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  • John Parker

The Columnist review

The internet is a horrible place. A largely unregulated frontier, where people protected by the distance and anonymity social media and comment sections afford them, express themselves in ways they would never dare to do in real life. The chances are if you have ever shared an opinion on the internet, some random will have replied to call you a twat. It’s a professional hazard for anyone who writes reviews.

But in a free and democratic society, so long as you don’t break the law, people are free to say what they want. Director Ivo van Aart uses this as the starting point for his darkly comic revenge fantasy The Columnist. Katja Herbers is Femke Boot, a columnist for a national newspaper. Recently, she wrote an article criticizing the Dutch tradition of Zwarte Piet (Black Pete – the companion of St Nicholas in Low Countries folklore, depicted by a white man in blackface) and has now become a target for right-wing trolls on Twitter and Facebook.

Now every single thing she writes, no matter how harmless, is dog-piled by the very worst people on the internet. She espouses decency and tolerance, and says things like “why can’t we just have different opinions and be nice about it?” At the same time, she is trying to write her first novel, but is struggling for inspiration, as she (like most of us) spends most of her time obsessively checking Twitter. When she discovers her seemingly friendly neighbour is one of the hateful Nazi trolls who has been tormenting her, she snaps, and murders him.

I mean, who hasn’t fantasised about tracking down some Twitter moron and pushing them off a roof? Through Femke, we get to experience this. Thrilled at being able to finally silence one of her tormenters, the floodgates open on both her writing and her bloodlust. She starts hunting down all the trolls and killing them in increasingly nasty ways.

I had fun with this film, but it’s a slight piece of work, and not nearly as incendiary and thought-provoking as it perhaps intended to be. The intention here was clearly to say something pointed and satirical about the way we interact with social media, the fluid boundaries of freedom of speech, and who decides how to police what’s acceptable. But the script doesn’t quite have the bite needed to get the most out of its premise, and fundamentally, it only has a superficial knowledge of how the internet works.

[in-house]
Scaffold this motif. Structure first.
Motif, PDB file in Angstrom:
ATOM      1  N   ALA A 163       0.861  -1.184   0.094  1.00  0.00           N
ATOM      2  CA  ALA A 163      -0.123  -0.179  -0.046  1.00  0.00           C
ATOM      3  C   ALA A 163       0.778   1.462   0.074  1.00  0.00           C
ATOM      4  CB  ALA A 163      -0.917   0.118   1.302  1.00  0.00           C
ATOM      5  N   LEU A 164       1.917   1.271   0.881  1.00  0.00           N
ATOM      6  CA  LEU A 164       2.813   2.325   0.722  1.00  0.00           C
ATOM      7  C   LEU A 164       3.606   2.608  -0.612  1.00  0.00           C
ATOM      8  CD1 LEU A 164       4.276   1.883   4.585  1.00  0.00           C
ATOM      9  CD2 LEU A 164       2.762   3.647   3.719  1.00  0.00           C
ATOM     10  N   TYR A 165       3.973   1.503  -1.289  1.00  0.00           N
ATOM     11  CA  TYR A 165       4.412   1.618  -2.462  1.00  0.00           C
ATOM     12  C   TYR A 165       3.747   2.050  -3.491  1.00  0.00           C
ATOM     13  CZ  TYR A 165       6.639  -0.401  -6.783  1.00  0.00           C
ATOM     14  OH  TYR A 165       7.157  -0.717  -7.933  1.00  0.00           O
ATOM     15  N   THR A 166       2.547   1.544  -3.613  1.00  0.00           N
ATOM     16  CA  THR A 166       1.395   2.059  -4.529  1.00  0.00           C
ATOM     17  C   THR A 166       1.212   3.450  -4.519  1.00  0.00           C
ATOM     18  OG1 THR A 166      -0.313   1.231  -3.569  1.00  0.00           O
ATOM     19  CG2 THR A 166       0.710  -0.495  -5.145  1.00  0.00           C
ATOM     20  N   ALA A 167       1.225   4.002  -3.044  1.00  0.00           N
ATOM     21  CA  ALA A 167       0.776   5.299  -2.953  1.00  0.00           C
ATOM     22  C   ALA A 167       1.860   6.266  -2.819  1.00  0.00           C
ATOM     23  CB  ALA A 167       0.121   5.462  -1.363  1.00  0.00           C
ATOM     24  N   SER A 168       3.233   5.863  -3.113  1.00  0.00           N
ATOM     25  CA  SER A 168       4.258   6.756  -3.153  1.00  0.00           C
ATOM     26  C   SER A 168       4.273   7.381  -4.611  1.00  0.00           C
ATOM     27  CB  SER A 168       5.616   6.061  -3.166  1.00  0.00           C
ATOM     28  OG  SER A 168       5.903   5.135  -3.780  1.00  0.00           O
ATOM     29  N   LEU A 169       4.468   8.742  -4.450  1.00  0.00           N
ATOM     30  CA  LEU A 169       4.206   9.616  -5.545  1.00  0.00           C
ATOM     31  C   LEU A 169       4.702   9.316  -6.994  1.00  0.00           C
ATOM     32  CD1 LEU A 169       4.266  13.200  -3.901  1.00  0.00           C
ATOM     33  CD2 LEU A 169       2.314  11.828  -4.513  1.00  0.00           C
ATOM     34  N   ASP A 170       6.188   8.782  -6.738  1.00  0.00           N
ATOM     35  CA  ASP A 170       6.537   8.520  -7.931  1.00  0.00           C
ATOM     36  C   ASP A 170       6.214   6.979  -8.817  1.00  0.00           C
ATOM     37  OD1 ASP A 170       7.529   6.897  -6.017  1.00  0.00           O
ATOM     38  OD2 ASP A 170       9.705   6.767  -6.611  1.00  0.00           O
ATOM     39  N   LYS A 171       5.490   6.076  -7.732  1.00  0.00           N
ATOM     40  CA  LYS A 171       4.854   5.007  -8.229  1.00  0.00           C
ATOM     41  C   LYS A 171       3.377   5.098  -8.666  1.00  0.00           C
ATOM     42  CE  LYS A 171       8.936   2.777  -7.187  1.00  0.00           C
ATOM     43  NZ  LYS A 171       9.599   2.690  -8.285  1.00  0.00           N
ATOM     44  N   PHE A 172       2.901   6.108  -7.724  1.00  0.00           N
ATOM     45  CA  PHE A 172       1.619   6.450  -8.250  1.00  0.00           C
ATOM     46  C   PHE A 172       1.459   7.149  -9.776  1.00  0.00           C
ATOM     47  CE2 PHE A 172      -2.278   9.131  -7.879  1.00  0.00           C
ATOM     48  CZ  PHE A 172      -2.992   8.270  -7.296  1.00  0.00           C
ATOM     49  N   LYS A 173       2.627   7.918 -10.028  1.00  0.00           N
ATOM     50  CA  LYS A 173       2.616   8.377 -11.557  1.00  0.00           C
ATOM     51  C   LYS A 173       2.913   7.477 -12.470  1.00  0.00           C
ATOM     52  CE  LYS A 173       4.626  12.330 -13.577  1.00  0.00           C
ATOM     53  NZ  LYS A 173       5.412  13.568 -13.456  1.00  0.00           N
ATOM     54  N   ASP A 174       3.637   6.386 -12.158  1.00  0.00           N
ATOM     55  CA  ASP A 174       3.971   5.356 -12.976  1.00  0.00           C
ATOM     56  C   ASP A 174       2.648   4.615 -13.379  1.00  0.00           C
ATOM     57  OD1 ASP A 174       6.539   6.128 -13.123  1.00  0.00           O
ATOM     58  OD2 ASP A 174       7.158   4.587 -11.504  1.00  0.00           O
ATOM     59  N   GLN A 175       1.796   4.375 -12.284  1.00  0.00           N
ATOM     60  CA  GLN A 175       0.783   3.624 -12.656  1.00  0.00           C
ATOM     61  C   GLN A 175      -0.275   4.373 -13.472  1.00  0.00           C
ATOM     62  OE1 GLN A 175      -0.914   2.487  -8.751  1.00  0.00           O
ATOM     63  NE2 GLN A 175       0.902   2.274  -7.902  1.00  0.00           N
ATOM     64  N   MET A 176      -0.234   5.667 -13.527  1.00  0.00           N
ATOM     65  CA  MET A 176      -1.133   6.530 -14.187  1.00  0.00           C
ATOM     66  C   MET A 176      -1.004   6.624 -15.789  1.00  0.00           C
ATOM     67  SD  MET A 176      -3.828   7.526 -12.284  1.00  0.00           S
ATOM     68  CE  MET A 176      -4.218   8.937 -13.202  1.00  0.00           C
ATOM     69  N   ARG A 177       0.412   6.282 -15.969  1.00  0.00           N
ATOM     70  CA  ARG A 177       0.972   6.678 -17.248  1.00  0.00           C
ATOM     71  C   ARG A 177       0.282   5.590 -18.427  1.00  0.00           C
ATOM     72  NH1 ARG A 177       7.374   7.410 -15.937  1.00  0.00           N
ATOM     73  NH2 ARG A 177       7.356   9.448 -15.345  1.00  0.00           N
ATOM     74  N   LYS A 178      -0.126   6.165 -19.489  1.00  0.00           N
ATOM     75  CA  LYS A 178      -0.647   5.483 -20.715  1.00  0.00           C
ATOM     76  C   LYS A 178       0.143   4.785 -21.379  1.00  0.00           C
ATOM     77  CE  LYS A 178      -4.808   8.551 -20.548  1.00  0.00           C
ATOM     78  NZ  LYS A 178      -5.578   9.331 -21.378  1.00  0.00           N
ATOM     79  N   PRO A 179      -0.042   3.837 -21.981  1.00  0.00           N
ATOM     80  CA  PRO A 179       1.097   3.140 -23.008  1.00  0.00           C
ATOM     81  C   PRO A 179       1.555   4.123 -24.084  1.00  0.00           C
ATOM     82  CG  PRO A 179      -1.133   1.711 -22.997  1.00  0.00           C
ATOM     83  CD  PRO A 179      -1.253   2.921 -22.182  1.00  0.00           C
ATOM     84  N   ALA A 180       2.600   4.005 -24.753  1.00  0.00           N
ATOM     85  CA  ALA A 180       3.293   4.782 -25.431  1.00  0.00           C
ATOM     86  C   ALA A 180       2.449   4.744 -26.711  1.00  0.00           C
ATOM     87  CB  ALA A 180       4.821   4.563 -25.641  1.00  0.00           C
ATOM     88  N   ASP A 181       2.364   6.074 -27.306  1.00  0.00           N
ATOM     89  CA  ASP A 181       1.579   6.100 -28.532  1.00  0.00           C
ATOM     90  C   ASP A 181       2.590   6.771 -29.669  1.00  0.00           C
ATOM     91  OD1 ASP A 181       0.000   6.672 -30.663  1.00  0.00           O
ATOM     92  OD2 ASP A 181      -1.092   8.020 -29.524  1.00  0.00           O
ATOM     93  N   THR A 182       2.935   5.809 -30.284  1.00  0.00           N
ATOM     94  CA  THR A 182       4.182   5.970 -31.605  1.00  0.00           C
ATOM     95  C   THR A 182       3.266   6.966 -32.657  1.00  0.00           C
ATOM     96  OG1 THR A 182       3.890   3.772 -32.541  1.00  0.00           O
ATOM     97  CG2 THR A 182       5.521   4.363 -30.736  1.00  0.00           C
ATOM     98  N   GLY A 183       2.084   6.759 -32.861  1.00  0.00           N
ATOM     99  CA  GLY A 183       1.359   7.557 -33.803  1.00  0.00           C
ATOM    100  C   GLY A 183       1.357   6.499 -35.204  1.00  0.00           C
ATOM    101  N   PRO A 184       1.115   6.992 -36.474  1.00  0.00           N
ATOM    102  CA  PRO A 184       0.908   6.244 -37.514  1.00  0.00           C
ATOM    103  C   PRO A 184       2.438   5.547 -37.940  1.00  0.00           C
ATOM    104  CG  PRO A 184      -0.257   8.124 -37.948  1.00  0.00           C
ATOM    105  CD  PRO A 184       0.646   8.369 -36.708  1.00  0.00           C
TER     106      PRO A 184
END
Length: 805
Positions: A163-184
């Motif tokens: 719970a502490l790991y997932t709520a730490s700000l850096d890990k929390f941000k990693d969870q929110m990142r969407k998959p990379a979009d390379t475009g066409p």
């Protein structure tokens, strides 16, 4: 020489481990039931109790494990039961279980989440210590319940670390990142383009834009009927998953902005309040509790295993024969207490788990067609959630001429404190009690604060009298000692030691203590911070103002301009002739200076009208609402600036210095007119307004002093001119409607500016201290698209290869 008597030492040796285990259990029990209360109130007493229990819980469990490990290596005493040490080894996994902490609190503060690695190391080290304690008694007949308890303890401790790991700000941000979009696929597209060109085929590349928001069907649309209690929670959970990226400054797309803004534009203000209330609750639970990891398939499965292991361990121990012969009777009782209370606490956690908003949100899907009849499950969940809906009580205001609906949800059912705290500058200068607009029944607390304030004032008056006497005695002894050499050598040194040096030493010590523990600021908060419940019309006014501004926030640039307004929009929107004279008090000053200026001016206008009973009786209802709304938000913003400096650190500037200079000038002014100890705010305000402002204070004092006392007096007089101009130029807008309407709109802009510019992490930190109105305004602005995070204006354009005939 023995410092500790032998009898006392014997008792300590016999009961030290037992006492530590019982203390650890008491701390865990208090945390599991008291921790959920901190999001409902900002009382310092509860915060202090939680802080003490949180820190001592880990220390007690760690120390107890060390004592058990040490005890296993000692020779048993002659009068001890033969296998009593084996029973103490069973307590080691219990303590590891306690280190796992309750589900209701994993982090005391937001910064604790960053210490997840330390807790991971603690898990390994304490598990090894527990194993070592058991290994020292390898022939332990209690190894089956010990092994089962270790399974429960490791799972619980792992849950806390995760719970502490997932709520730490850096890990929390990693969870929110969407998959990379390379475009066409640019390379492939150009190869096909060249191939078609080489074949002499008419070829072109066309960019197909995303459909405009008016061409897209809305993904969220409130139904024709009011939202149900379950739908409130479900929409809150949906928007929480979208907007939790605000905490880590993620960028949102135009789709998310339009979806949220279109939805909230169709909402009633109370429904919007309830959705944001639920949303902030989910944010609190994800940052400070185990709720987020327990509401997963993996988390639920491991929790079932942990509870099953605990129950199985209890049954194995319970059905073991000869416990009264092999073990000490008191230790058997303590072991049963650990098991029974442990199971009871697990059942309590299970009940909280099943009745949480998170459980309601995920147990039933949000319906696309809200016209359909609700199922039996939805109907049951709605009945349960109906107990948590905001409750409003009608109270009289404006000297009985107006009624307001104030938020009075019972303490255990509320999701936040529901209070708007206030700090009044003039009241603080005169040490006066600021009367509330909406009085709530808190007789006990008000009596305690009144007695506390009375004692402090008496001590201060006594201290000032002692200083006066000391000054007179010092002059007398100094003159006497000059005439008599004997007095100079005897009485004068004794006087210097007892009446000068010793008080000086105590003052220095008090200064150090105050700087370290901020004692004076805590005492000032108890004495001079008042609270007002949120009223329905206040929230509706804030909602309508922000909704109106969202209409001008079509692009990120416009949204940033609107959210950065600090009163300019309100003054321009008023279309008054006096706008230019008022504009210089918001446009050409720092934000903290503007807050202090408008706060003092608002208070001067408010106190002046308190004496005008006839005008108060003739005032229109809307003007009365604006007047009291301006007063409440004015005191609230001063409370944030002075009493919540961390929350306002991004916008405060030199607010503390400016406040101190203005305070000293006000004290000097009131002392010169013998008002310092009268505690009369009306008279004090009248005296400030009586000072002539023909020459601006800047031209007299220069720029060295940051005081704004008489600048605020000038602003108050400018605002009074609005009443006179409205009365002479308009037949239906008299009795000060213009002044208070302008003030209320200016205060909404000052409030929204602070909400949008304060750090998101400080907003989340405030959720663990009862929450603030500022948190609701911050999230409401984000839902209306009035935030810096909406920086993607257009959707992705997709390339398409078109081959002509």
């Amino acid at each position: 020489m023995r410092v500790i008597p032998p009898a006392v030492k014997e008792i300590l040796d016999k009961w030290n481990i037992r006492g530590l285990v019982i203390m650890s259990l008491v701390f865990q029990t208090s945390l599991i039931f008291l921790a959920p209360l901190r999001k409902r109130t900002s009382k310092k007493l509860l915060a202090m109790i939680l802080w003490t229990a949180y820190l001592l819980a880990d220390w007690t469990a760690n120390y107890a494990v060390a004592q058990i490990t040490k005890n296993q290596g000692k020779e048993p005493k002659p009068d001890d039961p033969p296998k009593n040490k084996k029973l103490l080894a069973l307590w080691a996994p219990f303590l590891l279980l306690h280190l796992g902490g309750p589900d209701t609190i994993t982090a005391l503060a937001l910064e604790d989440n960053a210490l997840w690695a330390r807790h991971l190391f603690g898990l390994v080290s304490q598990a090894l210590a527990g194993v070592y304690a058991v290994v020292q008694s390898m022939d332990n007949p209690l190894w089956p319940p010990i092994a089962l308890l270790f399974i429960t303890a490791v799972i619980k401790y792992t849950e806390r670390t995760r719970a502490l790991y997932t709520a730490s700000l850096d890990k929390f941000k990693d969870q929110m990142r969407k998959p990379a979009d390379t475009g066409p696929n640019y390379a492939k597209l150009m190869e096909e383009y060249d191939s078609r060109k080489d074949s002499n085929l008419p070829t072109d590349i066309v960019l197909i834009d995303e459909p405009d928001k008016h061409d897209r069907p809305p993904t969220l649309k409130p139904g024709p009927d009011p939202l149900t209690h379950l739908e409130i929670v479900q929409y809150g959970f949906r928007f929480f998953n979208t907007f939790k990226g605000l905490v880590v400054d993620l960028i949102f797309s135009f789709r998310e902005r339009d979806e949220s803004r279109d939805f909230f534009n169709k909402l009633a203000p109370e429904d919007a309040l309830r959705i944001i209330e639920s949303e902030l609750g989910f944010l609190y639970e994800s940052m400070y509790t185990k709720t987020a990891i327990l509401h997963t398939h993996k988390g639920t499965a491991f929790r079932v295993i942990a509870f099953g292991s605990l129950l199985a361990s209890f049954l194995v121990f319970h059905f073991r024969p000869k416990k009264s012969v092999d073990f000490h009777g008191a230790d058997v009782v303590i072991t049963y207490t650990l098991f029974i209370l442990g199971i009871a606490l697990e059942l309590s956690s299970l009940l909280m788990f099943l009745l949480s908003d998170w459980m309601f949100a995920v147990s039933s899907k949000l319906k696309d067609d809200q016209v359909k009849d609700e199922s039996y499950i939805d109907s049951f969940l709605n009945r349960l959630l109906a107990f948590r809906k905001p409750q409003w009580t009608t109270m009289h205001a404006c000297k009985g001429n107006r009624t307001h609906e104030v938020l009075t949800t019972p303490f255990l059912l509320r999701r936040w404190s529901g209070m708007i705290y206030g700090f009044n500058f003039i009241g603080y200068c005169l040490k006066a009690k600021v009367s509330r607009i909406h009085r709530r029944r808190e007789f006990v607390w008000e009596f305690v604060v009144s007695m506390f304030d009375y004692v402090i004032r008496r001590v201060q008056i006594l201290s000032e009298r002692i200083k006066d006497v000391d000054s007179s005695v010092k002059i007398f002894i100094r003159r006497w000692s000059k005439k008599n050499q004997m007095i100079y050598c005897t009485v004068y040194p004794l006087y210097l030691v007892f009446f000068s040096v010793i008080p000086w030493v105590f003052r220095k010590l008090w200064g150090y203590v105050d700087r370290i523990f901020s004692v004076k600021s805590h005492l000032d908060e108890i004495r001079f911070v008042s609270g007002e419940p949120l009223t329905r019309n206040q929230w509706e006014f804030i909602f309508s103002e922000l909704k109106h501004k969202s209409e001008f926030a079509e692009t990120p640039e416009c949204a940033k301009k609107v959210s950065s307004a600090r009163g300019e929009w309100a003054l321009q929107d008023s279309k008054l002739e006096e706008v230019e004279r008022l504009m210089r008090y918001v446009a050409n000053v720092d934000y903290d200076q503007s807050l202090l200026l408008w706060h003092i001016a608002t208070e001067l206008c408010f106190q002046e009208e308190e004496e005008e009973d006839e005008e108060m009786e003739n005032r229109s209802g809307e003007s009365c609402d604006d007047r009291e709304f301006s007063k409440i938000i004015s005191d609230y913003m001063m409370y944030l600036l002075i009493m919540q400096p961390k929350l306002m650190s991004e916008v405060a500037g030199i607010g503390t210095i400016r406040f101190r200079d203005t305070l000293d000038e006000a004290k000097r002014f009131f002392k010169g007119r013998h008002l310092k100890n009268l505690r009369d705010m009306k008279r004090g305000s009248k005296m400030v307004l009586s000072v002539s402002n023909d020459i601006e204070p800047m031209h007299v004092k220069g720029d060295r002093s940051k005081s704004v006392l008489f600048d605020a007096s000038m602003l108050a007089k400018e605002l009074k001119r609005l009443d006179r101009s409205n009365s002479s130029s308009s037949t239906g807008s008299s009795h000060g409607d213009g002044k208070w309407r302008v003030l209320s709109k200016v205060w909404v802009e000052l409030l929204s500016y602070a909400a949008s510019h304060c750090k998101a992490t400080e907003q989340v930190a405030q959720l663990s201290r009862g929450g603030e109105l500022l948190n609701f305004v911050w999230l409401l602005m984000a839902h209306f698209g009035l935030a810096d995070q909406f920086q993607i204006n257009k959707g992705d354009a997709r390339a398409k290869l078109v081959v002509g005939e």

The Columnist was originally made for television, and unfortunately it shows. The production value is quite flat, and the violence is dialed back to a very tame level. Which is surprising considering the original Dutch title is De Kuthoer, which translates in English to ‘The Cunt Whore’ – an insult Femke is repeatedly called online. One would expect a film with such a provocative title would be, well, a little more provocative.

The film’s strongest element is without a doubt the performance of Katja Herbers. It’s a brilliant, multi-faceted turn, believably portraying the terrifying flip-side of being twitter-famous, constantly afraid that someone will find out where you live, and that the threats against you will become real. Then when she turns the tables, she is delightfully unhinged.

Coming in at just over 80 minutes, it’s a brisk and fun watch, thanks mostly to Herbers terrific performance. But it just never leans far enough into the absurdity or nastiness required for any of it to hit home. I spent most of the time thinking about how Kevin Smith, a filmmaker who truly understands the internet, approached this same concept 20-years ago in Jay and Silent Bob Strike Back, and to much greater effect.


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